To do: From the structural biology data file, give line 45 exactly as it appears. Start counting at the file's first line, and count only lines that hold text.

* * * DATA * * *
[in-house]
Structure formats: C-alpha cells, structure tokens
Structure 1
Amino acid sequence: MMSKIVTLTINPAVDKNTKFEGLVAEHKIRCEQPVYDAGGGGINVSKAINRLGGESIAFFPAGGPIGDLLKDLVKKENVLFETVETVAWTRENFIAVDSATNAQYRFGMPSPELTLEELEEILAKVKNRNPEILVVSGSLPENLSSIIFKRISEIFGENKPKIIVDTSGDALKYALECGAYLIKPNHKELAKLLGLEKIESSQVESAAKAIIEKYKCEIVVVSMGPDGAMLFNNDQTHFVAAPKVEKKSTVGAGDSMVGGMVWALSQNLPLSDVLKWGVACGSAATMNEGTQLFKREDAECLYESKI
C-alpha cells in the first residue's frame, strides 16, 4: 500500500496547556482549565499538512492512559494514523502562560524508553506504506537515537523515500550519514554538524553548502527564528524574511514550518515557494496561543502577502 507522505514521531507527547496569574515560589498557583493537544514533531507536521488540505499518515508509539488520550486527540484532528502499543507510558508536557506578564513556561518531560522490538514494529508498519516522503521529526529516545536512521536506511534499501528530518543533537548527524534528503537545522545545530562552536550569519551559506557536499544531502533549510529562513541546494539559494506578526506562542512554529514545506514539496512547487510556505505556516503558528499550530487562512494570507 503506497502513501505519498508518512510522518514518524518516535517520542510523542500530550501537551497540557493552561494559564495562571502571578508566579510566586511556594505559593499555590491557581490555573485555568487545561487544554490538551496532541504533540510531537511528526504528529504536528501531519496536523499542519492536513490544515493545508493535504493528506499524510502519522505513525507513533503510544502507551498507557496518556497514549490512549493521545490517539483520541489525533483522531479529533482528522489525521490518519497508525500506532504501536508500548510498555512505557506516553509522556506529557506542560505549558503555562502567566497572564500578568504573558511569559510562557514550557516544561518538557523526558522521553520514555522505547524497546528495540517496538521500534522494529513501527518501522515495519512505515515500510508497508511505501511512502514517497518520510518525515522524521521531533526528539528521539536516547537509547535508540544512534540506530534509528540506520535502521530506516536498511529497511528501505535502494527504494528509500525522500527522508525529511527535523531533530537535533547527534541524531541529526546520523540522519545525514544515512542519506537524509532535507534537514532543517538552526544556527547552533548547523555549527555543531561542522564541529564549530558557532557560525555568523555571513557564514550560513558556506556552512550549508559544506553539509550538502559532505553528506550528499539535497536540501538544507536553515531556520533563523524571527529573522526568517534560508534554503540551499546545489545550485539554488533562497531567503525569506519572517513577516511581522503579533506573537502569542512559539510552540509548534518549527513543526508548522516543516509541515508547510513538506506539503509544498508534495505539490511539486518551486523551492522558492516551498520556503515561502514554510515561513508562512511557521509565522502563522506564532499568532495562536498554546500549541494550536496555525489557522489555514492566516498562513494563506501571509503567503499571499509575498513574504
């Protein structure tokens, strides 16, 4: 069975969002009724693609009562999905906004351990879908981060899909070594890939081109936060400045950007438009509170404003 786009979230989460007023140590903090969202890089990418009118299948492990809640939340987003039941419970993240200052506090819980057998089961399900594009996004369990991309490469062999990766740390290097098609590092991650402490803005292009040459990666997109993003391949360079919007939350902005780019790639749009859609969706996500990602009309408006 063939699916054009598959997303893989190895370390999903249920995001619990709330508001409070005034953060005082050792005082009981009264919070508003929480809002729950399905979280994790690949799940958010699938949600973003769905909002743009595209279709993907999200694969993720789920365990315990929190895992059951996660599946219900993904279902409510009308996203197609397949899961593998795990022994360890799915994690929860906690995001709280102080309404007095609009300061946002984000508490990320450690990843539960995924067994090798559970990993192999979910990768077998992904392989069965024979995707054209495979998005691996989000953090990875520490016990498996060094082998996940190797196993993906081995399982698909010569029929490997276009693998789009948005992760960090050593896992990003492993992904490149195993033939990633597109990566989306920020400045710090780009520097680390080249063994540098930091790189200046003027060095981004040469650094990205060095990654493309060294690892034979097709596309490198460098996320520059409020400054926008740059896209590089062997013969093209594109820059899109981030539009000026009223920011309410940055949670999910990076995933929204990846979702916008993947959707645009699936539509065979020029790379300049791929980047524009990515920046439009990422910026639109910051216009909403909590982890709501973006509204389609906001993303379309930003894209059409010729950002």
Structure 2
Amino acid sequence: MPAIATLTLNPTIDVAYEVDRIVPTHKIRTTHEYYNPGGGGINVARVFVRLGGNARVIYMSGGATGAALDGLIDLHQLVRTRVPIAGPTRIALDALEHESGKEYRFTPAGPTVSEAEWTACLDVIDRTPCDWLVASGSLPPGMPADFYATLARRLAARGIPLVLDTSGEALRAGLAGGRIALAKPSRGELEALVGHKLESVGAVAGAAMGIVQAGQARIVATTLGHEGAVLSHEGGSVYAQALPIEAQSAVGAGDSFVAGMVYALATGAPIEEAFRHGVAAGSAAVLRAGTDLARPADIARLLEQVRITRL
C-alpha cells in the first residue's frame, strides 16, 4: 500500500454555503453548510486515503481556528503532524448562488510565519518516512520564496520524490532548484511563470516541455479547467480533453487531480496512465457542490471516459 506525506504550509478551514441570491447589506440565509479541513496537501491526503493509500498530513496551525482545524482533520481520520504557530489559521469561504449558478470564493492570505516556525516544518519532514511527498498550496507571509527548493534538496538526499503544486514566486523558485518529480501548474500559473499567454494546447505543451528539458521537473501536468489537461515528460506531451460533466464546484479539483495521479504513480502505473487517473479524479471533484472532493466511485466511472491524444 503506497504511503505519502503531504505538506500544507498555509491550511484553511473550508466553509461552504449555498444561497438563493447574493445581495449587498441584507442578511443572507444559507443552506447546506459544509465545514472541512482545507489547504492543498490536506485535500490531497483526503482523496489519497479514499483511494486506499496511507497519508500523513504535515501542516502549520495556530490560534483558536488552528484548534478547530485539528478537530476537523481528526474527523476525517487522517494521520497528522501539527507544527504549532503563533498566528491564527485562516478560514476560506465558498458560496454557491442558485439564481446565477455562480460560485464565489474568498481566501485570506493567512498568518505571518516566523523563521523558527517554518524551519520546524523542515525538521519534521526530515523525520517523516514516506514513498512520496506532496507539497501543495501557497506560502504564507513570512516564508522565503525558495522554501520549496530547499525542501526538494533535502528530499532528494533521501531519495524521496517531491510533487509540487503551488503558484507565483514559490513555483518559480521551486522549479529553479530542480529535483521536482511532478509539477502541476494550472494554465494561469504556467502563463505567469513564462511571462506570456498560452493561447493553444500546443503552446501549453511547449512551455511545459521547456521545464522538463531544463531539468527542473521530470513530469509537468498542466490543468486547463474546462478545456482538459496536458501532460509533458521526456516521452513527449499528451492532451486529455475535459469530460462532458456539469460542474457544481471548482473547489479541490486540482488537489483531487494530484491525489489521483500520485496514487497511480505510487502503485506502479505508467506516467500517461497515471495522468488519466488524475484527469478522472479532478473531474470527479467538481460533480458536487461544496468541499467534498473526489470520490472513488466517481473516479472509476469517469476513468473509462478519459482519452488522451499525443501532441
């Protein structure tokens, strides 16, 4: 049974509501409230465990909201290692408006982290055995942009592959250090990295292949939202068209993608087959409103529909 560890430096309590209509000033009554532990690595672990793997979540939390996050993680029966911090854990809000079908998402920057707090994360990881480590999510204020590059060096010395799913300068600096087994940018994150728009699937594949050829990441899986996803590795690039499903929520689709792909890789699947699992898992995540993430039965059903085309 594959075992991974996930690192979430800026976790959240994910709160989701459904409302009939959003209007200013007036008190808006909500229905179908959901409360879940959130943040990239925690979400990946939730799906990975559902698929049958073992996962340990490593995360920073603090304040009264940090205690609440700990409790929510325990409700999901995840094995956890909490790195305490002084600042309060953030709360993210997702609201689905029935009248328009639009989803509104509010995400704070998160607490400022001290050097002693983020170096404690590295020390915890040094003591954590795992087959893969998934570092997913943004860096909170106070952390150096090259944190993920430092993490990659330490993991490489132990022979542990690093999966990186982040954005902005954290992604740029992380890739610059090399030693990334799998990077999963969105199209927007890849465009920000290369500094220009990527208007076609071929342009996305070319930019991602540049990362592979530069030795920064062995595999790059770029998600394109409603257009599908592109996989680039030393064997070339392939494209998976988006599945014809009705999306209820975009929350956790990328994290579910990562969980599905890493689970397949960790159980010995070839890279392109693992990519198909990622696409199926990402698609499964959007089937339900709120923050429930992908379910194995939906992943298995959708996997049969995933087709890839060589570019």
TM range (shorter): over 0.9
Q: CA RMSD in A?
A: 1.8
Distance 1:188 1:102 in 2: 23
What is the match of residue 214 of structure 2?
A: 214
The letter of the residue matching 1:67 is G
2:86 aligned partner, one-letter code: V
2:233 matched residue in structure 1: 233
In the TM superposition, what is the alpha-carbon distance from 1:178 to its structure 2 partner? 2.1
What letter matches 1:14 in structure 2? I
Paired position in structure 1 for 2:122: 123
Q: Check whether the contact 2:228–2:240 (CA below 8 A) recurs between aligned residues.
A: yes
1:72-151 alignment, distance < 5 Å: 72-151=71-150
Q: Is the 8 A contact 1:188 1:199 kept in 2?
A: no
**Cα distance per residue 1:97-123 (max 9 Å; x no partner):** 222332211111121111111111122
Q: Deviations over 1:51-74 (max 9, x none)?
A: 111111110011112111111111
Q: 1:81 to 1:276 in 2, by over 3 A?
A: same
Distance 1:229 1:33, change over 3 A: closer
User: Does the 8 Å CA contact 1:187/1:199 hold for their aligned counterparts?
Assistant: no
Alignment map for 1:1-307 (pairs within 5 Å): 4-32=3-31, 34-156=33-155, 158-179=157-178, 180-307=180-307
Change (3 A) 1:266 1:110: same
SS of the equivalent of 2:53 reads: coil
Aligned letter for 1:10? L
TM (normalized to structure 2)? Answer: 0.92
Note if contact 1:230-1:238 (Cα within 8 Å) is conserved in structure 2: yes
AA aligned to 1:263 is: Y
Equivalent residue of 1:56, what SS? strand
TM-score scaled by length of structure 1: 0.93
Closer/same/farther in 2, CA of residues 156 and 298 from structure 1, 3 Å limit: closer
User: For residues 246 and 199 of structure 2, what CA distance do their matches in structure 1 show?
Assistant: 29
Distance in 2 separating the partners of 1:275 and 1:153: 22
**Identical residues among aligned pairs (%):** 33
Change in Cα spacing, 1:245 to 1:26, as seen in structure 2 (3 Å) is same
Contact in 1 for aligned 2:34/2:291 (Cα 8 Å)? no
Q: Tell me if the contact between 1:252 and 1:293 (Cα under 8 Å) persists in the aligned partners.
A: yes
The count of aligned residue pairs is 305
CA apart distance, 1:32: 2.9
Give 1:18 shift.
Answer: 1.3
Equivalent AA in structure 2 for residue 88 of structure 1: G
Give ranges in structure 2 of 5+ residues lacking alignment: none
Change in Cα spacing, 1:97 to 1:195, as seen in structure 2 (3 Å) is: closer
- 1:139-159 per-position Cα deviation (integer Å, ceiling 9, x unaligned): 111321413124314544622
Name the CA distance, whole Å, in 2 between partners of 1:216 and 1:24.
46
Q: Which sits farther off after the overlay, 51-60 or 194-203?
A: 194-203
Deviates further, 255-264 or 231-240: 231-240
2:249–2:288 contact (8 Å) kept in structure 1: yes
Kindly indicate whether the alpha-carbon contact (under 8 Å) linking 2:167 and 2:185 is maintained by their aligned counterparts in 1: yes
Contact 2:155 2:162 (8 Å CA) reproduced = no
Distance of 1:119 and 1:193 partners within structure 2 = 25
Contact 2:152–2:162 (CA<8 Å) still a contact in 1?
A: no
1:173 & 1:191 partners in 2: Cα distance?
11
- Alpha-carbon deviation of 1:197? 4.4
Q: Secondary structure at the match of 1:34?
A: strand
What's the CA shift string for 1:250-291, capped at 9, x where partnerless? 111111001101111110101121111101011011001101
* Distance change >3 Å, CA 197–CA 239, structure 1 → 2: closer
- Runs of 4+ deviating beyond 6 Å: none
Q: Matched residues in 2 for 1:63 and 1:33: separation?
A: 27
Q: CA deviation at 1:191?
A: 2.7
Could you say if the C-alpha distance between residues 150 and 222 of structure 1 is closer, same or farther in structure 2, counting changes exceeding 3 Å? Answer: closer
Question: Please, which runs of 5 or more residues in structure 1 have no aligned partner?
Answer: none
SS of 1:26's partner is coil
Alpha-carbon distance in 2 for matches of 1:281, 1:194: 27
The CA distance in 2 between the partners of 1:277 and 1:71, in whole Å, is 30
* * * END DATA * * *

Closer/same/farther in 2, CA of residues 156 and 298 from structure 1, 3 Å limit: closer